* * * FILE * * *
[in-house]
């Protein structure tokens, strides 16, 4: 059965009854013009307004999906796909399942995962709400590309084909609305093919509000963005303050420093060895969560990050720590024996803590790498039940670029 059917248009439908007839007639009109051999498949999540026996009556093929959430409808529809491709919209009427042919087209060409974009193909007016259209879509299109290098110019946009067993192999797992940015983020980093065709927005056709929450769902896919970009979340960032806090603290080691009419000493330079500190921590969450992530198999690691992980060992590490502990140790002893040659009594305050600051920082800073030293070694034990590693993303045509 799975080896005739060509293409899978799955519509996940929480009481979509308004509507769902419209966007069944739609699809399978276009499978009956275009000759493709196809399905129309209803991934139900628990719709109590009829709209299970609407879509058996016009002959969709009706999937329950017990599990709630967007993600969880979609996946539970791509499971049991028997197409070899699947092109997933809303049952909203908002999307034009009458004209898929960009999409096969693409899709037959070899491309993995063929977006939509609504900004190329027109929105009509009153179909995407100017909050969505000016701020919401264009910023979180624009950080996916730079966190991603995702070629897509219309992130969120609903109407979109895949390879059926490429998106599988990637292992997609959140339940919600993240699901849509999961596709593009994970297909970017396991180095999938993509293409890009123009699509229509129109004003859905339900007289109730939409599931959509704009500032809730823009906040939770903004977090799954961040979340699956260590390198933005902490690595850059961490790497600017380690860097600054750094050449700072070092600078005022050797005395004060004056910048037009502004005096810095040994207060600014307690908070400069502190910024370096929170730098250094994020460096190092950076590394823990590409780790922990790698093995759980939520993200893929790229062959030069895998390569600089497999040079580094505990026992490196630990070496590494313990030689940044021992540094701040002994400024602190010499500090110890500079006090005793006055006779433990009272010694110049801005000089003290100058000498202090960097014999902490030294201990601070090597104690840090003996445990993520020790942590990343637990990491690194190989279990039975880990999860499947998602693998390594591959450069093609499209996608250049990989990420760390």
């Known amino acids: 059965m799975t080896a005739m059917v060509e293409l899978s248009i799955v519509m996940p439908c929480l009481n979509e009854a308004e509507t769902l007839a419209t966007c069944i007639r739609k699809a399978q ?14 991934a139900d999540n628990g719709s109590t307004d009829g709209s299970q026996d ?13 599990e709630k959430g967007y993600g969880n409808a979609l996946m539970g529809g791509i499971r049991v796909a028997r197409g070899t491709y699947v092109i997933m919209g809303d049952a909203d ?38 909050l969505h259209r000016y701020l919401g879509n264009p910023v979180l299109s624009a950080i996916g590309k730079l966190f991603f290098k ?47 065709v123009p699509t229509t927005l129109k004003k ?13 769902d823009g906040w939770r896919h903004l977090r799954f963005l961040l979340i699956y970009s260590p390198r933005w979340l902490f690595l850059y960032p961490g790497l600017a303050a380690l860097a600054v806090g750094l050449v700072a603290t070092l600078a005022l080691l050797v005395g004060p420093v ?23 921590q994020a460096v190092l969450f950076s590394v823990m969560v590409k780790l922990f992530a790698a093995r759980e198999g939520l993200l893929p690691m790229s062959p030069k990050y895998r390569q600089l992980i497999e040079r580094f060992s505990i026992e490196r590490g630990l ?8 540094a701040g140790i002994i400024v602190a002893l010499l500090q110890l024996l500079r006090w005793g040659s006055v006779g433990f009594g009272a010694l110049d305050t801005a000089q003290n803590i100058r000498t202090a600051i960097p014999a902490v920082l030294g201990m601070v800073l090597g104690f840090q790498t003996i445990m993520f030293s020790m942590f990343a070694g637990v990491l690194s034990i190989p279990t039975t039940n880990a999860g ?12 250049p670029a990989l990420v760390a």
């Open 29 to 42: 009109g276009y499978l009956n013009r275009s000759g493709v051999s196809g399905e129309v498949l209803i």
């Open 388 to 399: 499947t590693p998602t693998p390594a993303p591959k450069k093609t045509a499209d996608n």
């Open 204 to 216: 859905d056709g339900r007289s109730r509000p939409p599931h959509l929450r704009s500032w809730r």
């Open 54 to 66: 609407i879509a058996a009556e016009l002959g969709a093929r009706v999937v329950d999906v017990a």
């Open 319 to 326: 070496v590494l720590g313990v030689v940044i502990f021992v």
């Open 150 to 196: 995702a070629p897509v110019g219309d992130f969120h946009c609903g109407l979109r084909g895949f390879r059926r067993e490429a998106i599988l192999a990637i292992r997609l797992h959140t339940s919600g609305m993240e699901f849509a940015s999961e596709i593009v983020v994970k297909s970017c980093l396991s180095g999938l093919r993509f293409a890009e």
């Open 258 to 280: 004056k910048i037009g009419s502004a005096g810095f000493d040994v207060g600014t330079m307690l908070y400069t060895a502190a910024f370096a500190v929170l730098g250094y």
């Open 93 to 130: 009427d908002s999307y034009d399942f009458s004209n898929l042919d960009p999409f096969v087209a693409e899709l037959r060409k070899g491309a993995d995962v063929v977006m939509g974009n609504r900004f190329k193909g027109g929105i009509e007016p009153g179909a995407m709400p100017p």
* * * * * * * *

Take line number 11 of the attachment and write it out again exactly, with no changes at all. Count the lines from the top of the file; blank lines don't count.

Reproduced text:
């Open 93 to 130: 009427d908002s999307y034009d399942f009458s004209n898929l042919d960009p999409f096969v087209a693409e899709l037959r060409k070899g491309a993995d995962v063929v977006m939509g974009n609504r900004f190329k193909g027109g929105i009509e007016p009153g179909a995407m709400p100017p």